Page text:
Ruff Summer by Kim Clayton

It’s the last week of August.   School buses, buzzing locusts, cool nights – they all point to one thing: summer is slipping away.   Let’s all pause for a moment of silence...  Thank you.   Does it seem to you that summer was doing battle just to get here at all this year?  The first few months looked like this:  rain, rain, drizzle, downpour, rain, sun (quick, get the mower!), rain.  Crops, gardens, and lawns barely stood a chance.   And in the midst of the wet and dry summer, I’ve been living a rollercoaster life.  As a matter of fact, I did ride two small coasters on our trip to Kings Island where, guess what, it rained.  But mostly the rollercoaster consisted of emotions big and small.  Branden, my youngest, is heading off to college soon which means we’ll soon empty the nest.  And, we got a puppy.  I know, bad timing, right?  Summer in my house looked a bit like this:   smile, cry, smile-cry, “No, bad!”, “Go potty,” cry, smile, “Get that outta your mouth!”, smile-cry.  Ugh, I’m nauseated, let me off this ride.

So you’ll notice the picture of our two dogs I put with this post.  Do you see the way our oldest dog, Frank (upper corner), is sitting there all calm in his maturity, and how the new puppy, Stella is a blur of activity?  It’s a visual of who I am and who I’d like to be.    I wish I could weather the storms more like Frank, who looks as if to say, “Well, this is new… but we’ll get used to it.”  But unfortunately, I seem to be more like Stella.  I jump about in my uncertainty, in and out of focus, as if to say:

God, how do I…

Will he know how to…

What on earth will we…

Maybe I should…

Oh my goodness, I’m so glad my Heavenly Father is strong enough and infinitely patient enough to take on my messy heart and overactive brain that switches gears so quickly.  One minute, excited for the adventure, and the next minute, waving my hands Miss America style at my brimming eyes.  He’s not rattled by my reactions, but takes it all and says in Phillipians 4:6-7,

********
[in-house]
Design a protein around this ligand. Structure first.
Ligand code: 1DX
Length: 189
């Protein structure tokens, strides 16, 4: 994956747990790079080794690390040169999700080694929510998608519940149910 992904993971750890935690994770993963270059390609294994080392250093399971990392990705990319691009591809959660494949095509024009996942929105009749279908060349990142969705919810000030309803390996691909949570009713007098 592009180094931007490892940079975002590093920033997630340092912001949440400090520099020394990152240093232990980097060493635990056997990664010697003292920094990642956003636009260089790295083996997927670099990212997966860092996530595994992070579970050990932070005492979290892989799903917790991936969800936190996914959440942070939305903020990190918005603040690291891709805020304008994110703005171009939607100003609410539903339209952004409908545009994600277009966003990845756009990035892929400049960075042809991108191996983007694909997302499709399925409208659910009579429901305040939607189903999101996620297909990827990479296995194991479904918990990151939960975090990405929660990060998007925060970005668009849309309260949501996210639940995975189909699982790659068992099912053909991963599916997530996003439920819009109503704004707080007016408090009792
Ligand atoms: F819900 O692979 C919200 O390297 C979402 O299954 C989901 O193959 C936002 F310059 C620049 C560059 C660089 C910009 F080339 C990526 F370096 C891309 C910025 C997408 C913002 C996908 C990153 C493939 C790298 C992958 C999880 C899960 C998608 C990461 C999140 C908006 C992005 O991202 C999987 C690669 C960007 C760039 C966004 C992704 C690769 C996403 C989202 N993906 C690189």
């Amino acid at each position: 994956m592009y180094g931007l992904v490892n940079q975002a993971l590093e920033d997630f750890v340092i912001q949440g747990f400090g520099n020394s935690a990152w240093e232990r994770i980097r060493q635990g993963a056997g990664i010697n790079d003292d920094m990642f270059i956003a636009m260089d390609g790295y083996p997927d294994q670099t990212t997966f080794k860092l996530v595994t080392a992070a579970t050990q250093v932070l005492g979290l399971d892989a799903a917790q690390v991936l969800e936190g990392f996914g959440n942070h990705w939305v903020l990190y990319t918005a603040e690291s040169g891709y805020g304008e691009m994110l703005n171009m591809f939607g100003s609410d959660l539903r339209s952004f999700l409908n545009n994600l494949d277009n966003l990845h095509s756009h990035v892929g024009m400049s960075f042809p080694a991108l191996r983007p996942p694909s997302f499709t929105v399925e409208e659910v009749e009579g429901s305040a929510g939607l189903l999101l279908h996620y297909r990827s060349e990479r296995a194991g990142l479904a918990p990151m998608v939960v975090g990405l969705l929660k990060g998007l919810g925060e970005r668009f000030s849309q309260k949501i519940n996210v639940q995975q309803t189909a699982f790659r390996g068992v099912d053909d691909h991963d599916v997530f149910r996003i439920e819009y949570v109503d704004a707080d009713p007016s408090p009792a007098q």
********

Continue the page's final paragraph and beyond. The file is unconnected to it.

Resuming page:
“Don’t worry about anything; instead pray about everything.  Tell God what you need, and thank him for all he has done.  Then you will experience God’s peace, which exceeds anything we can understand.  His peace will guard your hearts and minds as you live in Christ Jesus.” 

Don’t worry?  Easier said than done.  There are at least eleven mentions of “Do not worry” in the Bible, and even more of “Do not fear”.  When I fix my eyes on the future and the unknown, my heart squeezes a bit and I get anxious about what is ahead, much like climbing the hill of a large coaster and fearing the drop.  I forget at times, most of the time, that where I’m headed, my Father has it covered.  He has already been there, waiting with arms wide open to catch me.

The verse goes on to remind us to replace worry with prayer and to thank Him for all he’s done, something I also forget to do.  If we look back and remember all he’s brought us through, how faithful he has been, it’s like knowing the bottom won’t drop out.  There’s a cushion.  I think of how the Israelites would worry about every little thing and Moses would remind them of the parting of the Red Sea.  How on earth could they forget something like that?  How do I forget all he’s done for me?

And then a promise to experience peace, and not just any peace, God’s peace, that exceeds understanding.  A blessing.  Deep in my soul, it’s there, and the truth of it wells up.  I know it will all be okay, because it’s all in God’s hands.  In my heart I hear a simple question, “Do you trust me?”  My answer can only be yes.  “Lord to whom shall we go? You have the words of eternal life.” (John 6:68)

I believe, only help my unbelief.

I trust, only forgive me when I worry.

I surrender, only help me to let go.